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15m Strutless

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Re: 15m Strutless

Postby Foil » Fri May 29, 2020 6:49 am

dave1986 wrote:
Thu May 28, 2020 4:40 pm
The issue for ultra light-wind hydrofoiling with a tube kite tends not to be not enough power, but keeping the kite flying.

For example in 8 knots a 15m tube kite will probably give enough power, but it will also begin to be unstable and high risk of falling out of the sky. At 6 knots it will be extremely tough to keep it flying. So regardless whether the size is big enough to board-start, you are at high risk of swimming due to the kite falling in the lulls.

In contrast an ultralight foil kite will keep stable in 2 or 3 knots of wind. So you have a much larger buffer margin for error in case of lulls in the wind.

In answer to your question. I think a 15m strutless kite will be enough in 8 knots with good skill. But be careful as you'll have little margin for error.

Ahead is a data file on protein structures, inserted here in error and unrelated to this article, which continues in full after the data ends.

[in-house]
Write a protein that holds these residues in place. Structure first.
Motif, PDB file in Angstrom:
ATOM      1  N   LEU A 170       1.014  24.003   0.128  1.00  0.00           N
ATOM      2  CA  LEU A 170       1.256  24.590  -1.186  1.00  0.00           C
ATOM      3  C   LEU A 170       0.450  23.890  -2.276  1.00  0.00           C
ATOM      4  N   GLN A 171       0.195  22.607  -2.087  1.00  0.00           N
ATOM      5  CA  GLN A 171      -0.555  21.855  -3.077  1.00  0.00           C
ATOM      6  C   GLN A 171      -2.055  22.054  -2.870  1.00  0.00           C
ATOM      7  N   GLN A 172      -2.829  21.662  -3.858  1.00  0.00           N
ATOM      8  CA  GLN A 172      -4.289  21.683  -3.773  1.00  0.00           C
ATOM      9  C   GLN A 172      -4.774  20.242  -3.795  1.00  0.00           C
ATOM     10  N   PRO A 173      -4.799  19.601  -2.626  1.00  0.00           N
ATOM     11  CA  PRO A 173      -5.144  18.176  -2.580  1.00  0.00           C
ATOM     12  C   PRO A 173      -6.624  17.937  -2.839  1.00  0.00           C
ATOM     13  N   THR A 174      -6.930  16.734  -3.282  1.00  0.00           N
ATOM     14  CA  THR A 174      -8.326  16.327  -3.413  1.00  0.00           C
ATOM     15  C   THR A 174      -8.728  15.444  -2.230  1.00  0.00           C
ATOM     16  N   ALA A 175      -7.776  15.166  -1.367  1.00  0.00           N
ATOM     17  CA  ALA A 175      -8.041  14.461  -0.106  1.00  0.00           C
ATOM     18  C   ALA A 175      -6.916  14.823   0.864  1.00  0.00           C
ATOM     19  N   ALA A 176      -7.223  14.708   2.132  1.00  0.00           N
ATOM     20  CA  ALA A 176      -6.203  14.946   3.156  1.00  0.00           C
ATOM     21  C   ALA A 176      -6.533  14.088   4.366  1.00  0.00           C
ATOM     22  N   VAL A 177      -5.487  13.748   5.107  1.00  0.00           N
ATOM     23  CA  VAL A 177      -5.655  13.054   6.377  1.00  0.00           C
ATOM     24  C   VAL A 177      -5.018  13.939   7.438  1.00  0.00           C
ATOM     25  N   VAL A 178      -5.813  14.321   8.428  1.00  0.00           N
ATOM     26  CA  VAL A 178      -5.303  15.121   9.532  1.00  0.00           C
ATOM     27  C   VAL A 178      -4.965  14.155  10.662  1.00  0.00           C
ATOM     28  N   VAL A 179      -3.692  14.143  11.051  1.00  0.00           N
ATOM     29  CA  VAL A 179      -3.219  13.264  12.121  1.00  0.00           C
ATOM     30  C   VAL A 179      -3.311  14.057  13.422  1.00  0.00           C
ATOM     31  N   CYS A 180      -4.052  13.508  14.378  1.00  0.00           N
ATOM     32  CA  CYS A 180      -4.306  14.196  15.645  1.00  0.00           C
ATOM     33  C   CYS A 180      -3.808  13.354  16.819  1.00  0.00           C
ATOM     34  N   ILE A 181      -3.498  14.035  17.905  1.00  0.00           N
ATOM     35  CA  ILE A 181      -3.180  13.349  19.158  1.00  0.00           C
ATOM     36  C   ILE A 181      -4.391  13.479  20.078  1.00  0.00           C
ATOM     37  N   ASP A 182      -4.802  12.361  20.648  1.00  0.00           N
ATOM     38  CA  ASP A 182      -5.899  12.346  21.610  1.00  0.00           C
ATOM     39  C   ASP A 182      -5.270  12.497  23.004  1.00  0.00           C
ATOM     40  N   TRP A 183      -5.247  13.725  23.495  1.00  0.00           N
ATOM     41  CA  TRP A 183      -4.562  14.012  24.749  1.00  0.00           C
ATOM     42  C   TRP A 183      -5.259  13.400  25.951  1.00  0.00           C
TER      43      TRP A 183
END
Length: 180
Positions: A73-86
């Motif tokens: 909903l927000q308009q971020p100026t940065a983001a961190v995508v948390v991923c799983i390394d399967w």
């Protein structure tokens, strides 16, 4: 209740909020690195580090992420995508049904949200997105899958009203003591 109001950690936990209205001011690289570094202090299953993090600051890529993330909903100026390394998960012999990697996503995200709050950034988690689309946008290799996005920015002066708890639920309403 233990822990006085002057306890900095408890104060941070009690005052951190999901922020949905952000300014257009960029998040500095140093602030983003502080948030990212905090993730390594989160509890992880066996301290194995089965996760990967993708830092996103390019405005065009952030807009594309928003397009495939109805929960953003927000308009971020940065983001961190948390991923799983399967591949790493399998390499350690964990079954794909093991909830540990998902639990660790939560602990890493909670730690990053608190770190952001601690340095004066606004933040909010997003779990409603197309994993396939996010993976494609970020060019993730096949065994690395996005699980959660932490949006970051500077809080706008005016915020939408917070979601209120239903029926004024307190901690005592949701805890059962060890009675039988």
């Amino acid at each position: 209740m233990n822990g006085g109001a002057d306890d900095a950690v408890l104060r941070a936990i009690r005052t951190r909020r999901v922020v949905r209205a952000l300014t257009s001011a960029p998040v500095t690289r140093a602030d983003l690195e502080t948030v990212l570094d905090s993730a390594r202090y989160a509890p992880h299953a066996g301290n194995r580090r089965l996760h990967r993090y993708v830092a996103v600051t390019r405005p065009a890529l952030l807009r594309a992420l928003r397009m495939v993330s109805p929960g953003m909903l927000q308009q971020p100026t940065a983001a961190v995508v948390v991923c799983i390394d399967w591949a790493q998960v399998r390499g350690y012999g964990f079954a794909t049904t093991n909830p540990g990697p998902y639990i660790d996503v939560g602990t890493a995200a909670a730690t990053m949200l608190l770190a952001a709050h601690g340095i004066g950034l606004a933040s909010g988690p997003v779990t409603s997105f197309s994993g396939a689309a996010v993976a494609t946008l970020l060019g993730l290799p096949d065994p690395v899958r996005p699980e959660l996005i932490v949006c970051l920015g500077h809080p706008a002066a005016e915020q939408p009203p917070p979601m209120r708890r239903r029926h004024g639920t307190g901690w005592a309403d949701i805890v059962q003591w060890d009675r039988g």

from years of sailing with one of my foiling buddies who has had a17mtr gong strutless for 2-3 years, I can totally relate to the above reply, I have been comparing the pros and cons between strutless and my own ultra light new generation foil kites and earlier lei kites.
The only comment missing from the above reply is the fact that the strutless large gongs 12mtr and 17mtr have a very narrow wind range, above which they pull like a truck, which is very hard to cope with, being big and strong and loving heavy on the bar feeling kites helps when being overpowered, but not enjoyed my many,
However,when used In their range, and in safe onshore conditions sailing close to shore, then the fact they are mega cheap is their ace card. great value, and they certainly work well